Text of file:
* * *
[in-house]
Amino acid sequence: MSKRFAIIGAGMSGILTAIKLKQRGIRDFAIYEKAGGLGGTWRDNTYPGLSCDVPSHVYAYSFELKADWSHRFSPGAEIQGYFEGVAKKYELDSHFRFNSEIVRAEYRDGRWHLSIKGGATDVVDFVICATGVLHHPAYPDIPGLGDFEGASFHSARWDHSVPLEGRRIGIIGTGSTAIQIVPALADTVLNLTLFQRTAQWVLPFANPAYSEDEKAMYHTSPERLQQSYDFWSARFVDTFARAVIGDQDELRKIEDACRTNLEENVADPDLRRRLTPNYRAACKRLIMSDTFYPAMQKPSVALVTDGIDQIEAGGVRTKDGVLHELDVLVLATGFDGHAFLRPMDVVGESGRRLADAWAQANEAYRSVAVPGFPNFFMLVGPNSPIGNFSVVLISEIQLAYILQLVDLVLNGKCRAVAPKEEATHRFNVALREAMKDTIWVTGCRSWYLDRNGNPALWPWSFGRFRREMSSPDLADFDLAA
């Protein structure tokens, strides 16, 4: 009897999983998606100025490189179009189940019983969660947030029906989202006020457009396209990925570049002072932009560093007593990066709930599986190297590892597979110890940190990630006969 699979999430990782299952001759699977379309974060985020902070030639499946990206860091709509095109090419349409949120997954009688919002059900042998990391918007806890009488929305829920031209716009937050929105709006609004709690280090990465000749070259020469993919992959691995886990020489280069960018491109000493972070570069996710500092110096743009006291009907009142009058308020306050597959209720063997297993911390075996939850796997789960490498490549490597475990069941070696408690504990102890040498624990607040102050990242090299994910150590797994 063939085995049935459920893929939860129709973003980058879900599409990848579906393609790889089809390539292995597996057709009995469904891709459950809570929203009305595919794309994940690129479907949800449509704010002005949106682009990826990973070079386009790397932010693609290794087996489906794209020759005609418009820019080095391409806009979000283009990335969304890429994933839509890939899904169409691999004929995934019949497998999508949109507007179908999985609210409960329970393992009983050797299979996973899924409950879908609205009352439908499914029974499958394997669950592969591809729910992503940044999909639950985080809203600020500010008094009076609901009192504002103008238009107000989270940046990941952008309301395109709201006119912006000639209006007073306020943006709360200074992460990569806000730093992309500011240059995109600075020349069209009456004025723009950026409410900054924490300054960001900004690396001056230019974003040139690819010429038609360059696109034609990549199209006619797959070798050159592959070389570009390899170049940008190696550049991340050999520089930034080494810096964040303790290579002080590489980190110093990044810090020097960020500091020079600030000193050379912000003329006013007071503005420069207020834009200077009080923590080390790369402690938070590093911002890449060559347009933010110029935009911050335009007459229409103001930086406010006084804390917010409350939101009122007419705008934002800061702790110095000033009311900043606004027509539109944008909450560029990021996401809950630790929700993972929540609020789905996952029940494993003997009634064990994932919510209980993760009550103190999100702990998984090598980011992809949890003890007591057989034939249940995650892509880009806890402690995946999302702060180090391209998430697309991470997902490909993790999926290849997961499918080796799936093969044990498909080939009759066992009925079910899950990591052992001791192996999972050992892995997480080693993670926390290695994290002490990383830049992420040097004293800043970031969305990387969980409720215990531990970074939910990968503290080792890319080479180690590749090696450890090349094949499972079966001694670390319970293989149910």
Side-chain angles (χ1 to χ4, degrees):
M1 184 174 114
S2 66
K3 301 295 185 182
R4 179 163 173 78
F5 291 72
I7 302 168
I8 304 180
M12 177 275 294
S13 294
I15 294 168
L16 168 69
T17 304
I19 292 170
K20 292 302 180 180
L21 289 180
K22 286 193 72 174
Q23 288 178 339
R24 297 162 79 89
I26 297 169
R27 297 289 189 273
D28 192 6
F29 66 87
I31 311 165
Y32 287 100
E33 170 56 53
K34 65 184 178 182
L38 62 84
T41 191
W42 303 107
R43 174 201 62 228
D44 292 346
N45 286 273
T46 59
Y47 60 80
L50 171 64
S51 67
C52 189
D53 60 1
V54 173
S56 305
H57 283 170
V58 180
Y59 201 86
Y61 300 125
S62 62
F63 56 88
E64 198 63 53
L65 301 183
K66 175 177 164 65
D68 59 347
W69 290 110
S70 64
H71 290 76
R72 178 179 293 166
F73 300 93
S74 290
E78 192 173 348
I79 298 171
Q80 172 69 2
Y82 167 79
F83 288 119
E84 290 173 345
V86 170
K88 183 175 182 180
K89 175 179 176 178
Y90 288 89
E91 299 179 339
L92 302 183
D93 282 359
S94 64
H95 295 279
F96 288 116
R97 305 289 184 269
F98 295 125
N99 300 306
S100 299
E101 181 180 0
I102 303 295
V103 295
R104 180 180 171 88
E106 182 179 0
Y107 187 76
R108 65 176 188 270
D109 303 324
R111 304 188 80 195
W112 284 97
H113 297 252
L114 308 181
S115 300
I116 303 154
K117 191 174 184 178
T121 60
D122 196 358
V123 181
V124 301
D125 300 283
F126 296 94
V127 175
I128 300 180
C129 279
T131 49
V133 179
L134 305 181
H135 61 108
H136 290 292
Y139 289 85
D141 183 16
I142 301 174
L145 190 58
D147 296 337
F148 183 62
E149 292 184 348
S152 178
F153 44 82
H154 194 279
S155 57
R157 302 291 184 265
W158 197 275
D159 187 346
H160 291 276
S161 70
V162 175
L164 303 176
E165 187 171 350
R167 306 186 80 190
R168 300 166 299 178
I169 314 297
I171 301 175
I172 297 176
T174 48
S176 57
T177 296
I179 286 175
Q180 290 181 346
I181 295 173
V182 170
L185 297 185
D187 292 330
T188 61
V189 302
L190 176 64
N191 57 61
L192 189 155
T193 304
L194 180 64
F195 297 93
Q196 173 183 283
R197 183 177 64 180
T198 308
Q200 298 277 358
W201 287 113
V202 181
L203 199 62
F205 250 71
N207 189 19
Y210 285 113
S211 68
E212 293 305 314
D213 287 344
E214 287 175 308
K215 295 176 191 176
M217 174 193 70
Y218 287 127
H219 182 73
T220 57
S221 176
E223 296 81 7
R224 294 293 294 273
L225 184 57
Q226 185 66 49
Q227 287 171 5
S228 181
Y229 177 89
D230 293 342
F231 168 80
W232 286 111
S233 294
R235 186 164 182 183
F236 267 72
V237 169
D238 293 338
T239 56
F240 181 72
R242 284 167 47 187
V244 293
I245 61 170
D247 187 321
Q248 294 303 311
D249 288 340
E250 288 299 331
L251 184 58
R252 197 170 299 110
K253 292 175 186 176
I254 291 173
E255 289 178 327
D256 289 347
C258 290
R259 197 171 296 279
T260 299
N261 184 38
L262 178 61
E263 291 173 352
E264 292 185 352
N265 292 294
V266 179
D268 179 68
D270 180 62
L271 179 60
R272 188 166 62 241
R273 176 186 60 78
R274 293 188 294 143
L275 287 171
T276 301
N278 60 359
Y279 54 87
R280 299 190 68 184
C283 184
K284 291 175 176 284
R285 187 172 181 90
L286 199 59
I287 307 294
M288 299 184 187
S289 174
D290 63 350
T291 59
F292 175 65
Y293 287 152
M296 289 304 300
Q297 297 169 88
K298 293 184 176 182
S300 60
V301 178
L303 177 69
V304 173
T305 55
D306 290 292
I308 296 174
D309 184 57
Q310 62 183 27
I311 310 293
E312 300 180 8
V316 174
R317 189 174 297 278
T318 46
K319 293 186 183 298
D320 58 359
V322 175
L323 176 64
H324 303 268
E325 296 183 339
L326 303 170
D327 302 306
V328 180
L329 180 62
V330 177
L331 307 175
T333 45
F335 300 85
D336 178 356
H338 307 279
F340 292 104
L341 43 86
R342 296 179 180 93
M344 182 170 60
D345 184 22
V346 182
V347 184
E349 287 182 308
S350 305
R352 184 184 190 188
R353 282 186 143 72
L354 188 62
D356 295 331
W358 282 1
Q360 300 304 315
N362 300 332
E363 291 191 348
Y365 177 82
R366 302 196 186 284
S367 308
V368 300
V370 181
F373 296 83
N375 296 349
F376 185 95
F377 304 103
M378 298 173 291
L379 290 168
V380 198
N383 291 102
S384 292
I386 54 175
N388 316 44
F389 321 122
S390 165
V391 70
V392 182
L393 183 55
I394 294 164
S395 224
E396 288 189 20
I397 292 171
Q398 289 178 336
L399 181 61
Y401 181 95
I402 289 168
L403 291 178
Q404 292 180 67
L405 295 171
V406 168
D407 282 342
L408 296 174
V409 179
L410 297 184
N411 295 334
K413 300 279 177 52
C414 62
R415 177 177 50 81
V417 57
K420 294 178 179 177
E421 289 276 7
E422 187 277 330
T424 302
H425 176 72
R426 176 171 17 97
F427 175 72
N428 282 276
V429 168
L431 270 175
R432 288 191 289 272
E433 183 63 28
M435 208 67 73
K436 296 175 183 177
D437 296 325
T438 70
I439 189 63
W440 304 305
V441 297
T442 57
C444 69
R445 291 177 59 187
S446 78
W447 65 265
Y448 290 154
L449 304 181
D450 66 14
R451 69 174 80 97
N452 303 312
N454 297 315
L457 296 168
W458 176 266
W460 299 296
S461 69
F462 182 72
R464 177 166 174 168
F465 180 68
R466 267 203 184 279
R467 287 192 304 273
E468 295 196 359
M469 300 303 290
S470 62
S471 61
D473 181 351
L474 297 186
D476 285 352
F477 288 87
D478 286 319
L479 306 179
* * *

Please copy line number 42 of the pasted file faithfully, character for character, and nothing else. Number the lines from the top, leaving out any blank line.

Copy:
D53 60 1